Part of a new book published by CEL Kosovo, this is a personal story of a young Kosovar coming to terms with his sexuality and the pain of coming out.
Coming out as gay was the hardest thing I have ever experienced. It was somewhat terrifying: a mental battle between me, my family and the people around me. I always knew there was something different about me. At age five, I witnessed my first-ever typical Albanian wedding in Kosovo. Throughout the ceremony, I noticed that I was paying more attention to the groom rather than the bride. As I was growing up, I used to wear my sister’s makeup without really thinking. I used to do it whenever I was bored. This was all before my 10th birthday. Although, I never really understood what it meant to be gay. I guess I was too young to understand. At that age, I just assumed it was the norm.
I thought everyone was just like me. As time went on, I began to come to terms with my sexuality; that’s where it all gets really dark. As a teenager I often got bullied at school. For five very long and painful years I was pushed, shoved, and people thought it was okay to throw things at me. Things like chewing gum, pencils and sometimes textbooks were thrown at me, even when teachers were present. Throughout those five years I was called ‘faggot,’ and I just remember how it felt whenever somebody called me that. I found it very derogatory, homophobic and extremely hurtful, sometimes to the extent where I felt like I wanted to be sick. I was so ashamed to admit that I liked guys.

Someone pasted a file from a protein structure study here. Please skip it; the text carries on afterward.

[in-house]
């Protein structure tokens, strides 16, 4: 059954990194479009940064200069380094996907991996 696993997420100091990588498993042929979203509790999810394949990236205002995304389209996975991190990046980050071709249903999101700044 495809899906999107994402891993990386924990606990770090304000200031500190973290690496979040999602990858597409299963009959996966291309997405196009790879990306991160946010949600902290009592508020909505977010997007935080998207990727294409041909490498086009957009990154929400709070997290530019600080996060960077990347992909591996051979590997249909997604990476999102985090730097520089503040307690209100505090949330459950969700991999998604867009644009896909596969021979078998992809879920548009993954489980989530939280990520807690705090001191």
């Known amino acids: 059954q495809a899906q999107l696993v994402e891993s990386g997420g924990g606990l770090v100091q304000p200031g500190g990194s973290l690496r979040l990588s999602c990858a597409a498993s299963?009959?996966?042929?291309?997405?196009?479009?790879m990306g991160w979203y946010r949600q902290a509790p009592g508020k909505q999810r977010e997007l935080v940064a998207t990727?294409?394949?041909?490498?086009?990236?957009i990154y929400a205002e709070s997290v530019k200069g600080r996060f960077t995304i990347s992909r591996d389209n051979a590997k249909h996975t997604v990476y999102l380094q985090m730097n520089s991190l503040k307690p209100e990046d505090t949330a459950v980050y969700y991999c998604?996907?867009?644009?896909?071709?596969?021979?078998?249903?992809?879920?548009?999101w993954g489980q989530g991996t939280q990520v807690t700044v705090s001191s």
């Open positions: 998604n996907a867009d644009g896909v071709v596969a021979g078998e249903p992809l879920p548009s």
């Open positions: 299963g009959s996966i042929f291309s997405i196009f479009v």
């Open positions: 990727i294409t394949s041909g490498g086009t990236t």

I even took steps to try and change the way I was. I remember in my last year of secondary school, I watched a straight porn movie to see whether I was attracted to women, but it put me off entirely. As soon as I saw the female genitalia, I felt like vomiting. Upon turning 16, I began studying at a college in London. However, it wasn’t like any other college; it was revered for supporting LGBT+ rights.
The first year there was life changing. It felt like a personality switch once I opted to study there. I remember the bullying stopped as soon as I finished secondary school and started my studies at college. It was as though everyone in my college embraced the way I was, the way I did things and the way I would come across. In secondary school, I had no friends whatsoever and during our one-hour lunch-break, I used to pass time by walking around the whole school and eating in the boys’ toilets because that’s where I felt most safe. In college, it was much the opposite, I felt much more welcome. I used to remember people asking me whether I wanted to spend my lunch break with them and then go out to the park once our classes had finished. During my first year in college I came out as bi to soften the blow, still afraid to come out as gay.
I used to think that if I kept saying I was bi and started to hang out with girls then somehow, I could be the person everyone wanted me to be. Over time, I knew it wasn’t possible to change my sexuality. I was determined to change, so I spent a lot of time with girls. I went out with a Hungarian girl from my college. She was the most beautiful girl I have ever seen in my life, inside and out. You could swim in her eyes. They were crystal blue and they would just entice me. It would be so easy to relate to each other since our personalities were almost identical. It was like she was my soul mate.